We are searching for highly motivated postdoc and PhD student candidates to join our group to study the molecular mechanisms of cellular regulation of microtubule dynamics. Precise control of microtubule dynamics and stability is critical for several cellular functions including chromosome segregation and cell division. Misregulation of microtubule stability during mitosis can result in chromosome missegregation and chromosomal instability, which can contribute to tumorigenesis. We have identified novel factors and pathways important for regulating microtubule stability in normal cells, while deregulated and impacting chromosomal instability in cancer cells. We are now seeking to reconstitute these factors and pathways in vitro using purified components for both structural studies and functional studies on microtubule stabilization. We are also defining the molecular mechanisms and regulation of these factors in time and space within cells, and the impact of their deregulation on chromosomal instability in the cancer context.
We employ a variety of techniques spanning biochemistry and cell biology to answer these questions, including protein purification and interaction/activity analysis, live cell fluorescence microscopy, and CRISPR/Cas9 and genome modification for genetic analyses. Often projects also involve active collaboration within the department and institute for structural studies and quantitative proteomics to answer specific questions.
A background and familiarity with molecular biology is required for these positions, although no specific experience with any technique is required. For postdoc candidates, a background in quantitative biochemistry and/or protein purification is preferred. For all candidates, previous experience in fluorescence microscopy, mammalian cell culture, and/or cloning/DNA modification techniques is beneficial but not required. Most importantly, the applicant must be enthusiastic with a developed ability to work independently and think critically, as well as to read, interpret, and apply scientific literature to the project. We are an international and socially and intellectually engaging lab. The working language in the lab and institute is English (no knowledge of German required).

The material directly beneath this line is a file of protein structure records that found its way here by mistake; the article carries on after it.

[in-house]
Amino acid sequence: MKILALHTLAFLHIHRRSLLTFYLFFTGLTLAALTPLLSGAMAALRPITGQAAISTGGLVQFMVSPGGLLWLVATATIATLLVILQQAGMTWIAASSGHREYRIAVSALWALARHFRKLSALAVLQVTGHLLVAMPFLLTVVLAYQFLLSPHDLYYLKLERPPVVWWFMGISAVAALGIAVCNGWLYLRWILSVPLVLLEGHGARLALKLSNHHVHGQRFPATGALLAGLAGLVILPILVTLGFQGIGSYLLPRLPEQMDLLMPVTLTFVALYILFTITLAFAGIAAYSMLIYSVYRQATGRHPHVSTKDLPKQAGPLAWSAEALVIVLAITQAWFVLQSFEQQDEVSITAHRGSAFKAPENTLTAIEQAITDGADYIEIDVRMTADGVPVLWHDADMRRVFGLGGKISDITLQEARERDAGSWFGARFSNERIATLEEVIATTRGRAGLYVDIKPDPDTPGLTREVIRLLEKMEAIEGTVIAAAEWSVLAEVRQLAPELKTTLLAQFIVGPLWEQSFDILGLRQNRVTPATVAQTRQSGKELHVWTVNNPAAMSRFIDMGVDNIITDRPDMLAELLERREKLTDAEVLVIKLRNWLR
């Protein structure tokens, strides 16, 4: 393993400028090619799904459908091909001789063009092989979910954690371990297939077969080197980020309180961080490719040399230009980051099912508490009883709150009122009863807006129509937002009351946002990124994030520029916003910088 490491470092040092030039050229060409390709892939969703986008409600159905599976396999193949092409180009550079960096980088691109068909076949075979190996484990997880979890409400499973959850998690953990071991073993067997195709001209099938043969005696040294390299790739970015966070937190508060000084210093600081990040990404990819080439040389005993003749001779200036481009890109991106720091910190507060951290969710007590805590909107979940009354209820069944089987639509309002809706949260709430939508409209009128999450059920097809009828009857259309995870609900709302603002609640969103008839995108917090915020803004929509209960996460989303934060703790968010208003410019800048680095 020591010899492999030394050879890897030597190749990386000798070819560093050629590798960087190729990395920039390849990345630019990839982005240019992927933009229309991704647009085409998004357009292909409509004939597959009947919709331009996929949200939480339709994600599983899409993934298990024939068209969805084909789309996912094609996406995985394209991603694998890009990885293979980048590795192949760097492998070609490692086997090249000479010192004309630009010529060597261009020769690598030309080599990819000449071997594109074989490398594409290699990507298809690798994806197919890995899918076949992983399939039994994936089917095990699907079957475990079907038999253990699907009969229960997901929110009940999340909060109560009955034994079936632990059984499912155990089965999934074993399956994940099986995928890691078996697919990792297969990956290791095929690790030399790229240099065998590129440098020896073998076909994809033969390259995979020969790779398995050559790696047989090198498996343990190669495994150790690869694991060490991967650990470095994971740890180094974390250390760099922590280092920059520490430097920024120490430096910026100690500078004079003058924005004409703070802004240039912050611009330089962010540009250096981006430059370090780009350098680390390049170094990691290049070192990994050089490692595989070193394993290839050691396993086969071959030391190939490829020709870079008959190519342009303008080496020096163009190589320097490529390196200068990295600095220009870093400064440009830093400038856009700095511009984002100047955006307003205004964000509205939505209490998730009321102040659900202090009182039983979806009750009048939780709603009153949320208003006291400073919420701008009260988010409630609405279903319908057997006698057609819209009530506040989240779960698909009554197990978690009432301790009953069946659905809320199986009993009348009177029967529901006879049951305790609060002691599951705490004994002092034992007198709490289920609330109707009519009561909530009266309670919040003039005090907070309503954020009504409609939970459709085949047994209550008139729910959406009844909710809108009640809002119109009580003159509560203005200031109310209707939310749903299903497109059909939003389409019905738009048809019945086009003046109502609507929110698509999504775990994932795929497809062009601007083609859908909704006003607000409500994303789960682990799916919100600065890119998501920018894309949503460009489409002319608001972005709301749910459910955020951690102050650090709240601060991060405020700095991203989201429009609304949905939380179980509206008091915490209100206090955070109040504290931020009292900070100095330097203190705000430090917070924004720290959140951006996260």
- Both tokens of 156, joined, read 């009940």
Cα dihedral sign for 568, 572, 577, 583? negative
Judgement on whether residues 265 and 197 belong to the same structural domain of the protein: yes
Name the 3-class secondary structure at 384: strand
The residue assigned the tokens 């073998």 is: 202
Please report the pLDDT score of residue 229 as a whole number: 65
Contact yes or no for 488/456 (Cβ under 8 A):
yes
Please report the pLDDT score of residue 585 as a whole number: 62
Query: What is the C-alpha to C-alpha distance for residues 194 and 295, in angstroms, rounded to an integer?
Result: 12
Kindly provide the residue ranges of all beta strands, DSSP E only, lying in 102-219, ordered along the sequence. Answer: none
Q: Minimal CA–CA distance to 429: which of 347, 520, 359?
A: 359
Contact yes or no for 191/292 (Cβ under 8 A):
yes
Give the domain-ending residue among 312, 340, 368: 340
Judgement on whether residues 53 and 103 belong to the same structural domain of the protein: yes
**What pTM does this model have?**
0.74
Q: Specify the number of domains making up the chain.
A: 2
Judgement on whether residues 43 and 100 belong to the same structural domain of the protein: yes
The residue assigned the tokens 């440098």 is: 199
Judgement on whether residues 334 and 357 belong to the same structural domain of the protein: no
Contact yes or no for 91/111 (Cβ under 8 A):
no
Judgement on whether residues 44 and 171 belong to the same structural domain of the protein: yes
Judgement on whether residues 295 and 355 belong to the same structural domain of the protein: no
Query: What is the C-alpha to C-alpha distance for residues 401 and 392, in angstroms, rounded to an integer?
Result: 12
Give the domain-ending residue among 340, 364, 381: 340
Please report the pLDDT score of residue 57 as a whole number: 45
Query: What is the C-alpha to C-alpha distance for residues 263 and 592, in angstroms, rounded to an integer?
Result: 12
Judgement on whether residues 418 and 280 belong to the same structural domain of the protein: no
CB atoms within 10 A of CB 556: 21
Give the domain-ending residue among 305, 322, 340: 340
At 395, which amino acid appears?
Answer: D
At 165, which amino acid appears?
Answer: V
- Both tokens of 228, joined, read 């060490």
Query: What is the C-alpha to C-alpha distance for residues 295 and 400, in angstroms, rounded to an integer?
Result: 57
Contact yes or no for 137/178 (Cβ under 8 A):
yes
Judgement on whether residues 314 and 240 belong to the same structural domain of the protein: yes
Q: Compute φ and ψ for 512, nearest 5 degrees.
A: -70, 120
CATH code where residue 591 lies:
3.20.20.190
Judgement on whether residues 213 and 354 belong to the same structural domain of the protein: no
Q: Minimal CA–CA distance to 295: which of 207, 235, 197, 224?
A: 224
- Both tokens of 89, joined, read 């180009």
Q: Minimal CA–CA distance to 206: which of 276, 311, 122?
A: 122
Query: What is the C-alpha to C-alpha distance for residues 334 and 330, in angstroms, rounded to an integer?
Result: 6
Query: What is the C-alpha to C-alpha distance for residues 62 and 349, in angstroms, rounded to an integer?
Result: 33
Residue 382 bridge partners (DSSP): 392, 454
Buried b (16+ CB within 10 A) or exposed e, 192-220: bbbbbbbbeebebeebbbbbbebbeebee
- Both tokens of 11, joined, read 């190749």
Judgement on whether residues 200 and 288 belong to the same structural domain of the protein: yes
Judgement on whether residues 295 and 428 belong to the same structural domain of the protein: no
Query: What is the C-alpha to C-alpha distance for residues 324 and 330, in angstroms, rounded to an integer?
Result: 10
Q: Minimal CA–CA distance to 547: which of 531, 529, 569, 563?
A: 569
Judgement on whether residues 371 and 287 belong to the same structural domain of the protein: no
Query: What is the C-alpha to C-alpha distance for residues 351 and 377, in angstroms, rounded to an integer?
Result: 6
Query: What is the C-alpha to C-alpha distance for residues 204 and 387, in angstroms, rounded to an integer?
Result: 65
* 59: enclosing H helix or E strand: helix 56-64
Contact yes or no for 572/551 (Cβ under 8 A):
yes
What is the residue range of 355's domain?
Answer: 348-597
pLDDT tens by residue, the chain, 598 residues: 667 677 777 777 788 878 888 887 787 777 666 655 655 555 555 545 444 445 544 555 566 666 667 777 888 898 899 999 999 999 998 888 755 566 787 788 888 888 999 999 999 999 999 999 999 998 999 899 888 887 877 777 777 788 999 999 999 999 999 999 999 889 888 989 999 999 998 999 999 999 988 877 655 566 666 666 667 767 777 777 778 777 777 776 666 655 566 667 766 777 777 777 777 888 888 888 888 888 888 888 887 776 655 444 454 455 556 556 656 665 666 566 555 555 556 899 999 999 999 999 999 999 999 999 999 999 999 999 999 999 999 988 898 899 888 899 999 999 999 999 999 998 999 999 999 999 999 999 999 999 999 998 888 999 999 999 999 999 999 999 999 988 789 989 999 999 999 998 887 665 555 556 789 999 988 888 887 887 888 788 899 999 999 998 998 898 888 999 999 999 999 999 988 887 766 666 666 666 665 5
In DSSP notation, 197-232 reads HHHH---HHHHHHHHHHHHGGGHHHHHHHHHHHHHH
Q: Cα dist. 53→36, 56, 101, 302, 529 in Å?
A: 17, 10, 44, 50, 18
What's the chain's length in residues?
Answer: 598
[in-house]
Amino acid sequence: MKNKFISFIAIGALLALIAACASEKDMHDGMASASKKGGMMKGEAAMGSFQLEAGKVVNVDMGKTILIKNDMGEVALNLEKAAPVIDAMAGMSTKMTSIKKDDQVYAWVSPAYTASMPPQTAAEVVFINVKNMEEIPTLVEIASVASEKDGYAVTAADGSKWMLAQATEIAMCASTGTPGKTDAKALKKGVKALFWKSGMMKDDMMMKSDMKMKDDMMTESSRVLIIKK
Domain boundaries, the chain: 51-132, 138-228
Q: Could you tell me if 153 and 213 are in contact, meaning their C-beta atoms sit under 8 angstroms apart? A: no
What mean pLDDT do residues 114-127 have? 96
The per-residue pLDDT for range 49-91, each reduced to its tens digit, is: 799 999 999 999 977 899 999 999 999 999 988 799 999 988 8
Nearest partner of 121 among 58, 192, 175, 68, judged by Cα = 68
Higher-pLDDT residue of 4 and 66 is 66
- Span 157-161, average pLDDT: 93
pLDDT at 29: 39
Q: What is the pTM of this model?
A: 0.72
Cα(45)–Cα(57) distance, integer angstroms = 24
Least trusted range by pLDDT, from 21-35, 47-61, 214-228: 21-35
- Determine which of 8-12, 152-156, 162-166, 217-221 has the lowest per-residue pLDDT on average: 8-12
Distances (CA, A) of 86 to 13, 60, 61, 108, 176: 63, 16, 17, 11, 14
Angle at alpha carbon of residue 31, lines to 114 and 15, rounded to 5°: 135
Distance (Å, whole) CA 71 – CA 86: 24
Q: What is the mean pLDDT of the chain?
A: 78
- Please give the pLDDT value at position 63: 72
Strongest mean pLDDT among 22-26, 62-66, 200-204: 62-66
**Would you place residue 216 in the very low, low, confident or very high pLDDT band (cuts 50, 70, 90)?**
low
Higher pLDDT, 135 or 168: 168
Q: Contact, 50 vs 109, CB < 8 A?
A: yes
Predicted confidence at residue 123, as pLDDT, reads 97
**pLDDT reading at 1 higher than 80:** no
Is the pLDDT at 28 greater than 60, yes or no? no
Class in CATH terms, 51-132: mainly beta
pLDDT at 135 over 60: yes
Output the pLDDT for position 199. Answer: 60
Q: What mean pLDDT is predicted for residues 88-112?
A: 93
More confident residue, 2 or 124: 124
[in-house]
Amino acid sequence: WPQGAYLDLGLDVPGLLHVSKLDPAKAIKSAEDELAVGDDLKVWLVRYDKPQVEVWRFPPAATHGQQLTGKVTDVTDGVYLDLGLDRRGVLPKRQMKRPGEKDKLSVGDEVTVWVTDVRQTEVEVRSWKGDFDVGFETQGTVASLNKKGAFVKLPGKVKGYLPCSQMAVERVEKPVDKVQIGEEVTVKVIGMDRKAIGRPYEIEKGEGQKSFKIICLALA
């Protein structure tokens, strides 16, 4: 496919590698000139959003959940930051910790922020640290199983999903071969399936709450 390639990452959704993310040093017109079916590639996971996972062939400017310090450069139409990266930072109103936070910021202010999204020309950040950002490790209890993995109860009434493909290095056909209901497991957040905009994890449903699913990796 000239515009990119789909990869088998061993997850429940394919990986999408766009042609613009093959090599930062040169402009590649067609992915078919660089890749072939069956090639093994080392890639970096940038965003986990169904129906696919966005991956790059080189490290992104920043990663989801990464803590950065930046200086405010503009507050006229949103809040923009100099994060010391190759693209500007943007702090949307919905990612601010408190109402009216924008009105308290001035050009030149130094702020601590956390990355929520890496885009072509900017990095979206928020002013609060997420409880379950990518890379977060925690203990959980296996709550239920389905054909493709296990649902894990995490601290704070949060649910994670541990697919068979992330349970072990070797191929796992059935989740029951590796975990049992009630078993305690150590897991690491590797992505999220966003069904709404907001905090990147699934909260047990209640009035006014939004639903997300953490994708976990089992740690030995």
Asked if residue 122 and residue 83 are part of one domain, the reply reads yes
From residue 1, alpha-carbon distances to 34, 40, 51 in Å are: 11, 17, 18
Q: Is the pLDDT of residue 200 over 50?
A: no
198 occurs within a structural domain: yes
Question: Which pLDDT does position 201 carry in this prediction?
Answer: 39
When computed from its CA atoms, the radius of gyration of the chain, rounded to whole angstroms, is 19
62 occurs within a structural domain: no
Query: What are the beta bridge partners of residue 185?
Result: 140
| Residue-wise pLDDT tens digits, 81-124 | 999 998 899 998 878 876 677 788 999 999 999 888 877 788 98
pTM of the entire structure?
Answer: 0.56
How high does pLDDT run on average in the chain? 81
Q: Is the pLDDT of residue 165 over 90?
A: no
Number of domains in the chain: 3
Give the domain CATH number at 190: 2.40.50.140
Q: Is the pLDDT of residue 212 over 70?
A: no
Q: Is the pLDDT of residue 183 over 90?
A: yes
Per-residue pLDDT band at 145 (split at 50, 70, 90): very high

Postdoc candidates should have at least one first-author publication in an international peer-reviewed journal. PhD candidates must meet the criteria to apply to the International Max Planck Research School in Chemical and Molecular Biology (IMPRS-CMB)
To apply, please email a CV, motivation letter including a summary of previous research experience, and the names of at least 2 references that may be contacted to firstname.lastname@example.org
Postdoc and PhD positions in biochemical reconstitution and cell biology